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An employee has been arrested, may I ask about the nature of the infraction? What action can or should I take to protect my other employees?

Many employers use criminal background checks during employment selection and decision processes, and employers may become aware of a current employee’s arrest. Although there is no federal law that clearly prohibits an employer from asking about arrest or conviction records, an arrest alone does not necessarily mean that an employee has committed a crime, and the employer should not assume that the employee committed the offense. Instead, the employer should allow the employee the opportunity to explain the circumstances of the arrest and should make a reasonable effort to determine whether the explanation is reliable.

In those jurisdictions where state laws do not ban inquiries regarding arrest records, employers may make employment decisions based on the conduct underlying the arrest. EEOC enforcement guidance on consideration of arrest and conviction records in employment decisions issued in April, 2012 states that while an arrest record alone may not be used in an employment decision, an employer may make an employment decision based on the conduct underlying the arrest, if the conduct makes the employee unfit for his or her position. The conduct, not the arrest, is relevant for employment purposes.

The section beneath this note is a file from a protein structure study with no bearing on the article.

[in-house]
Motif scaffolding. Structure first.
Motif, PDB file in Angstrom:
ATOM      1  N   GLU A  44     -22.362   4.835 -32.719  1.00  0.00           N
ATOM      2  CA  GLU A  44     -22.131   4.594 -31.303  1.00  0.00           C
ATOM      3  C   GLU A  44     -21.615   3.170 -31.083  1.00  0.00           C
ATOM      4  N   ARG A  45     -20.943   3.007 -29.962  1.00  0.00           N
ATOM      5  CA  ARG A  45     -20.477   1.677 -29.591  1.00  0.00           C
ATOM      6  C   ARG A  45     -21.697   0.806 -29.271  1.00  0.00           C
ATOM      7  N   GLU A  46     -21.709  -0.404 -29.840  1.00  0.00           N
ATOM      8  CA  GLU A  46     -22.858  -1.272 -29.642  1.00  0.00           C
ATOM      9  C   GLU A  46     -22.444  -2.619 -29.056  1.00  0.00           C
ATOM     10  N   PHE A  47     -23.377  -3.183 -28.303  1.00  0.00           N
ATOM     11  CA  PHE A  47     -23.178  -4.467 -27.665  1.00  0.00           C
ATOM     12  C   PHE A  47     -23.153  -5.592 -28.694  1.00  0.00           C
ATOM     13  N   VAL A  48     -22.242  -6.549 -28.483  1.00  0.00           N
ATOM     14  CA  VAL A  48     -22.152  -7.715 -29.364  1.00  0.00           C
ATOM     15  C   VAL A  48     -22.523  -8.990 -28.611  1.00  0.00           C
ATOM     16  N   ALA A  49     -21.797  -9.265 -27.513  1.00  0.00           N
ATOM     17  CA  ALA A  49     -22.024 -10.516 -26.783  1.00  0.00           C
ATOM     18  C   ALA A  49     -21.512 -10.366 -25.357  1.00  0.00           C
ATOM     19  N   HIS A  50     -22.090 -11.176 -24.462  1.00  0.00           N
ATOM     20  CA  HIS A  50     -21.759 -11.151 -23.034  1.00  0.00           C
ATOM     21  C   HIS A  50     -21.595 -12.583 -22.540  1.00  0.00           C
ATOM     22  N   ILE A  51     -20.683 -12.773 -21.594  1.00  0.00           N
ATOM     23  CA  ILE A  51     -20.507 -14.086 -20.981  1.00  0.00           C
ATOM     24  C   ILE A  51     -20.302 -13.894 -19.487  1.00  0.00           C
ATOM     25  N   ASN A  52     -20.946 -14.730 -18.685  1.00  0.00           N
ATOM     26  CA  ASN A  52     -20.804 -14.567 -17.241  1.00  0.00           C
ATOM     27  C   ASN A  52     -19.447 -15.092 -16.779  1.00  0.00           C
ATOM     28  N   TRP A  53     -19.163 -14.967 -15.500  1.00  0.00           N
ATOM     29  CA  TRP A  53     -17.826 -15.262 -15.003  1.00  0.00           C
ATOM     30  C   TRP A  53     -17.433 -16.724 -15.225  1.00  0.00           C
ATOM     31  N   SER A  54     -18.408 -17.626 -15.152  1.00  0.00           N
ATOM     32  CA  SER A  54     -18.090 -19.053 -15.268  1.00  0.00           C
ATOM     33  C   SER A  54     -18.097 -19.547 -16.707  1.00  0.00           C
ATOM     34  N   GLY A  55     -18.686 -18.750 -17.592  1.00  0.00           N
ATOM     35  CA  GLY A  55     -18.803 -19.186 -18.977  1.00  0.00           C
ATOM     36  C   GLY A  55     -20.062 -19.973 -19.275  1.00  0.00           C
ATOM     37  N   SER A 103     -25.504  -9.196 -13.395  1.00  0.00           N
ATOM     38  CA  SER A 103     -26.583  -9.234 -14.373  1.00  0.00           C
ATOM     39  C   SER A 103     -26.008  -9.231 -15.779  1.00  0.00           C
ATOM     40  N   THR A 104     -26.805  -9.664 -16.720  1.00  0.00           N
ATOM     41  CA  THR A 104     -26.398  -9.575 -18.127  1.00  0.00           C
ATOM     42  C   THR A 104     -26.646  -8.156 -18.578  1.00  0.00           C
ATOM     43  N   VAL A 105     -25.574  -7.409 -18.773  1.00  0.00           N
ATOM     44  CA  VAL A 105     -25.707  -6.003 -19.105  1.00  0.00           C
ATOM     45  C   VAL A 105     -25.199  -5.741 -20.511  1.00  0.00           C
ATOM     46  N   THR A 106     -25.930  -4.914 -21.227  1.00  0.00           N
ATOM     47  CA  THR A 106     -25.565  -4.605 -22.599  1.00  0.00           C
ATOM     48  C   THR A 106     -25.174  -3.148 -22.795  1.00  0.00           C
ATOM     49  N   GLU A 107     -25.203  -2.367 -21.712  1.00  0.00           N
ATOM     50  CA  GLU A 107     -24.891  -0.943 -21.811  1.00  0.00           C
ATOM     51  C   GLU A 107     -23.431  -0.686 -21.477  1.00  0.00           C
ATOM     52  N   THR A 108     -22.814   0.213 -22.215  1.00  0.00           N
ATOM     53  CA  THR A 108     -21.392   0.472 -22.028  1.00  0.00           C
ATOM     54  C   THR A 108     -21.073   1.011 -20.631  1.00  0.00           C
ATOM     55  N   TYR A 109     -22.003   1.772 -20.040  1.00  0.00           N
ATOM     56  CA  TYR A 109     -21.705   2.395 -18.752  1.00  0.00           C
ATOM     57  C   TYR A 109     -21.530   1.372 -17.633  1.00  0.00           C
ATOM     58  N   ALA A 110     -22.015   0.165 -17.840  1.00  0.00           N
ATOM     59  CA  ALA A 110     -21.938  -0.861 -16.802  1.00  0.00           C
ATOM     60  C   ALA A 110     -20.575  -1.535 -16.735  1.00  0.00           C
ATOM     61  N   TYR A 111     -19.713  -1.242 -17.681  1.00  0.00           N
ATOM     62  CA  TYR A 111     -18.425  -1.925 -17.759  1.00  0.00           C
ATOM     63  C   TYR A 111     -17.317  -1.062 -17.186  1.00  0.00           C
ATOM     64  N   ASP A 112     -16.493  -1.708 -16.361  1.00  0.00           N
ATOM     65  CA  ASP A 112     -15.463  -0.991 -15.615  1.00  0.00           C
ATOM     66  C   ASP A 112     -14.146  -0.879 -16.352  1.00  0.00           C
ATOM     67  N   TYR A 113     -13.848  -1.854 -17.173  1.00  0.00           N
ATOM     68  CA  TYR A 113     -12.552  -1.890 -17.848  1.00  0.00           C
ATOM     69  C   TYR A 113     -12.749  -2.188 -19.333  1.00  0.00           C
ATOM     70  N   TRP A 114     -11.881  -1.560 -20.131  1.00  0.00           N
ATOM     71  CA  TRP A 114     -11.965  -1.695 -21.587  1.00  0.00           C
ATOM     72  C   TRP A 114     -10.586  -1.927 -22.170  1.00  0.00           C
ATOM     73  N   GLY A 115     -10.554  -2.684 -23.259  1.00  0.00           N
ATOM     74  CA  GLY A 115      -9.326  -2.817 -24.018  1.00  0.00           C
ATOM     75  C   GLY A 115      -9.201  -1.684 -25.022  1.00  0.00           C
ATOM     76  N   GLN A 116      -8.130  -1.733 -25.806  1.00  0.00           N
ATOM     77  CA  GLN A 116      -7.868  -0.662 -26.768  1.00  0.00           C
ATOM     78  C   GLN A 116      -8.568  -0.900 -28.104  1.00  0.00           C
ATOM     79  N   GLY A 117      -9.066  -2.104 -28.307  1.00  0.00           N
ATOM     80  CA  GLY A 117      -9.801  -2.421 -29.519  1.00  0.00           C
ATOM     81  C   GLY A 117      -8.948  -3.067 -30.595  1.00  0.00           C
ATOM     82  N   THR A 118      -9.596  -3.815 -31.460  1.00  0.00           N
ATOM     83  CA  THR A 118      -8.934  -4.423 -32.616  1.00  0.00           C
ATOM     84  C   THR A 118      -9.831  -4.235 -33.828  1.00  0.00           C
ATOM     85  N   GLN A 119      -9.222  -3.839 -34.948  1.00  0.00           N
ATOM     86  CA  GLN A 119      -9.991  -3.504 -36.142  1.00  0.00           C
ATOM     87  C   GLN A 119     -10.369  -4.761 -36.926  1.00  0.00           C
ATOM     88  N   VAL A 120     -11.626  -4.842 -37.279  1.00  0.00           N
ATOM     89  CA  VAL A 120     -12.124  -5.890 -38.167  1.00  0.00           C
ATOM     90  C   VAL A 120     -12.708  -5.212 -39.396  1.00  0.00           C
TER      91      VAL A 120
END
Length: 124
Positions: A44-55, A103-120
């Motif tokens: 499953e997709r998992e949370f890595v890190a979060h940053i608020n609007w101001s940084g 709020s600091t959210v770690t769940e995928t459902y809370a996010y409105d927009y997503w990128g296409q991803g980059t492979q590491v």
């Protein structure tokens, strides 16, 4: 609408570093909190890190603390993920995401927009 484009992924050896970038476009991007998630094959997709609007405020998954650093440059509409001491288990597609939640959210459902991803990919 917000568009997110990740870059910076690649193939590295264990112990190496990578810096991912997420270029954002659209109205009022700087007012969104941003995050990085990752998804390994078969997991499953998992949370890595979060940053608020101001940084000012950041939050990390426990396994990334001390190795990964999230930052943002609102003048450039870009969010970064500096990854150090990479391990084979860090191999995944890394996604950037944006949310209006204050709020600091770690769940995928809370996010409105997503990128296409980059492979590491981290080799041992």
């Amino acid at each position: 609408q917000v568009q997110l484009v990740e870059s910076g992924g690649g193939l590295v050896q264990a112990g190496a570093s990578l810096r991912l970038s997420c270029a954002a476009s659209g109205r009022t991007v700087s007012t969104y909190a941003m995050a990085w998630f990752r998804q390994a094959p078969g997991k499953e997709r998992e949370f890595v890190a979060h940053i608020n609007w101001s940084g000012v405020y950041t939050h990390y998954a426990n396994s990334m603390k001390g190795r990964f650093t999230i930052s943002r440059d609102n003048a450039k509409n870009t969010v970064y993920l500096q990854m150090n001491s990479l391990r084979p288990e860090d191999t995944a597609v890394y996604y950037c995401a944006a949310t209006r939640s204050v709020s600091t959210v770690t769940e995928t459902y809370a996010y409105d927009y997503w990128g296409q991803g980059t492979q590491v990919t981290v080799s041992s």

Accordingly, an employee may be suspended or terminated for an arrest so long as the conduct for which the employee was arrested is relevant and makes the individual unfit for the position, Examples may include a school bus driver who is arrested for drunk driving, or an employee of a daycare center who is arrested for sexual molestation of a child. However, if an employee such as a bus driver or daycare worker instead were arrested for disorderly conduct, the charge would not likely be considered job-related nor would it likely indicate a significant probable safety or security risk to others. Therefore, the employer might not have a justifiable defense for taking any employment action against the individual as a result of the arrest.

Employers should be aware of state laws regarding arrest and conviction records and how they interact with the EEOC’s guidance. Additionally, employers should review the best practices provided in the guidance. These best practices include developing a written policy and procedure for screening applicants and employees for criminal conduct; identifying essential job requirements and specific offenses that may make an individual unfit for a position; training managers; maintaining confidentiality; and limiting inquiries to records that would be job related for the position and consistent with business necessity. It is always advisable to review employment-related decisions and policies with legal counsel.


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